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History

 

  • A 37-year-old male was referred from the Emergency Eye Clinic with a swollen right upper eyelid.
  • Symptom relieved with nonsteroidal anti-inflammatory drugs (NSAIDs).
  • The initial clinical diagnosis was dacryoadenitis.
  • The patient presented again six weeks later with 3mm proptosis, hypoglobus and decreasing visual acuity.
  • CT scans (Figure 1) revealed concerning features.
  • Considering the clinical differential diagnoses he had incisional biopsy done for histopathological assessment.

 

Figure 1.

 

Figure 2. 

 

Figure 3.

 

Figure 4.

 

 

Questions

 

  1. How can Figure 1 be described? What clinical differential diagnoses could be considered?
  2. How can Figures 2 and 3 be described?
  3. Based on findings seen in Figures 1-4, what is the likely diagnosis? Are there any further useful diagnostic tests to be considered?

 

 

 

 

 

 

 

 

Answers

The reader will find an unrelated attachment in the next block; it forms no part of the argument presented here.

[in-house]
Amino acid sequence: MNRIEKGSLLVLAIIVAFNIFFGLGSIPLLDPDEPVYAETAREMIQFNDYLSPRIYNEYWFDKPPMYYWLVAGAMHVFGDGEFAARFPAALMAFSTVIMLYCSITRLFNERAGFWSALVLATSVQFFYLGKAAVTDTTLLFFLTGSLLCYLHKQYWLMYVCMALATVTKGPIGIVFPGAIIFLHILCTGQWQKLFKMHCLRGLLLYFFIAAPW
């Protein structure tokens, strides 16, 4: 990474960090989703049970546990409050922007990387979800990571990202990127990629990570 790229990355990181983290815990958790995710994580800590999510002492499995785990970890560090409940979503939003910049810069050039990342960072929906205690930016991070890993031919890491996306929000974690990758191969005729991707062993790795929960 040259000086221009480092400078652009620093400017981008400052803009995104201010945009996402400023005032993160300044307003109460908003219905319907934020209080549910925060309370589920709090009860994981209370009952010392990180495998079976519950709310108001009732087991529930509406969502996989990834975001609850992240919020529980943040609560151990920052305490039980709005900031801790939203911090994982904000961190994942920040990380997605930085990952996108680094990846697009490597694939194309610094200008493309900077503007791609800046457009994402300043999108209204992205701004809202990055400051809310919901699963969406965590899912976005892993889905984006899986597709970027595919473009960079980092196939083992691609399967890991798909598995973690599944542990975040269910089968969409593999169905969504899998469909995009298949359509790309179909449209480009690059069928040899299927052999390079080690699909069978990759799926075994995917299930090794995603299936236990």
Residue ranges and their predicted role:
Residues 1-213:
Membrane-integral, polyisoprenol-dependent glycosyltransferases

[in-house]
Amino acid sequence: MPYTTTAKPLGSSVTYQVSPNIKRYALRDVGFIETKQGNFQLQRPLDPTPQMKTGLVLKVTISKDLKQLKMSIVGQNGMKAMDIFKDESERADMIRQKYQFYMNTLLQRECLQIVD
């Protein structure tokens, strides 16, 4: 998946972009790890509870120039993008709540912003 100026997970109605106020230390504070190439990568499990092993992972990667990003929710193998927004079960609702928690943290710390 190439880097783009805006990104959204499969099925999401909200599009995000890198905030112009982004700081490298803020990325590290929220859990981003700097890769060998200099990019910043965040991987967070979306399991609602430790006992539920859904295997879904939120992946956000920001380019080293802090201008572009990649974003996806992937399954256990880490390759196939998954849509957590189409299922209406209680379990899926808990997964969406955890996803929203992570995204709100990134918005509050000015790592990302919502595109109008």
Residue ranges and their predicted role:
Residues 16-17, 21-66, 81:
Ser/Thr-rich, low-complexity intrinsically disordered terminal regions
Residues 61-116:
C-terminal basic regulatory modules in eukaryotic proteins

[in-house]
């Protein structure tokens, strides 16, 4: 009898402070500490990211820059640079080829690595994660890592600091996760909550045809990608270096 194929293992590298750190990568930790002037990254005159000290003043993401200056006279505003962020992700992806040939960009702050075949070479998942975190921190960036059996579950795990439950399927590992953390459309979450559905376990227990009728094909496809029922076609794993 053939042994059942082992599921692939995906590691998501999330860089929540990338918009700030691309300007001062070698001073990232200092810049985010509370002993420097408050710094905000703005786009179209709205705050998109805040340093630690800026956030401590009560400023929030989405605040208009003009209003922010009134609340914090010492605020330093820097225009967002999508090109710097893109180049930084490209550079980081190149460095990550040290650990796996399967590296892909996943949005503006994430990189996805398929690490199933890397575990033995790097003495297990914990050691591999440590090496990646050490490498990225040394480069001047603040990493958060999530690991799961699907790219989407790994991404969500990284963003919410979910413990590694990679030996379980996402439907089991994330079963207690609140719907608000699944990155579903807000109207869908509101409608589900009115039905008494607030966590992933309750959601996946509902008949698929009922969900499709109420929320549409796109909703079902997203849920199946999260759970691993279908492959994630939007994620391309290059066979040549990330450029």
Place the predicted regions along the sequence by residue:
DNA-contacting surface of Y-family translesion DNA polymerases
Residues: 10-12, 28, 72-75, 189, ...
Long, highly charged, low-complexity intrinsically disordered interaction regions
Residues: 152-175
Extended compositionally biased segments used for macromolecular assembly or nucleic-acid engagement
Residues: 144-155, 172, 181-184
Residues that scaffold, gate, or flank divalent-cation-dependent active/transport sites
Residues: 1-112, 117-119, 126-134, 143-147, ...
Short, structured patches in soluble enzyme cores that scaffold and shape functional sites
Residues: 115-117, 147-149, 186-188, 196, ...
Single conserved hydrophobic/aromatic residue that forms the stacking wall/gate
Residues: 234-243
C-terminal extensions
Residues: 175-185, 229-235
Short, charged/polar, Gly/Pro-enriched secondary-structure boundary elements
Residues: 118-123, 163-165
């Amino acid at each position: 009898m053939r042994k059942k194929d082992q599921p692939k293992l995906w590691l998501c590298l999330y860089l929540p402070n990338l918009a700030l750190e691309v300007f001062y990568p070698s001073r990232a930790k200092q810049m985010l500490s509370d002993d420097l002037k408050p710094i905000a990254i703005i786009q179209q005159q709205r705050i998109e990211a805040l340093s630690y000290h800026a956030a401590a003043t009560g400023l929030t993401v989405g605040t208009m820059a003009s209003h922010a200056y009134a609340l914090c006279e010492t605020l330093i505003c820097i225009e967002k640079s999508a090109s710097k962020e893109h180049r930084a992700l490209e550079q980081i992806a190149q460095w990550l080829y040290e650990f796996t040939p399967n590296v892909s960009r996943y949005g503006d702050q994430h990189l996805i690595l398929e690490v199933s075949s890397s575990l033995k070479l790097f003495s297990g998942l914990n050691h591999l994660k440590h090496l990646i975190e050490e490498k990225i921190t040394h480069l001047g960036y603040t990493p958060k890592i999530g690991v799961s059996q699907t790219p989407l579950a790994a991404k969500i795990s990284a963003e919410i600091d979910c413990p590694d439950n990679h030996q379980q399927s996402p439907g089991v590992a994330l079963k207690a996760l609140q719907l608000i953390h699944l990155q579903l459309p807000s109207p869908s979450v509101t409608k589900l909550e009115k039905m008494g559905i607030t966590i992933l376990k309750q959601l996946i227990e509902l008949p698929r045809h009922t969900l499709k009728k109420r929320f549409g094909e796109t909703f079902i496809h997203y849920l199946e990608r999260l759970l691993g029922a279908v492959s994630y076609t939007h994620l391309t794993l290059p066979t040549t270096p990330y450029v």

1. The image shows a right orbital mass displacing the globe. The mass is not distinguishable from the lacrimal gland. Possible differential diagnoses include but are not restricted to lymphoproliferative lesion, orbital inflammation and granulomatous disease.
2. In Figure 2 orbital fat was completely replaced by fibrosis (asterix) and diffuse chronic inflammation (arrow heads). Separate areas contain lymphoid aggregates (arrows). Figure 3 shows sheets of plasma cells. Eccentric nuclei of plasma cells are better appreciated on the inset.
3. The presence of sclerosing inflammation including plentiful plasma cells which show a high IgG4 + /IgG+ ratio >40% is suggestive of IgG4 related sclerosing disease. However, the definitive diagnosis still requires correlation with IgG4 serum levels. The above features in addition to serum IgG4>135 mg/dL or radiologically / biopsy proven involvement of other organs are diagnostic for IgG4 related sclerosing disease.

 

 

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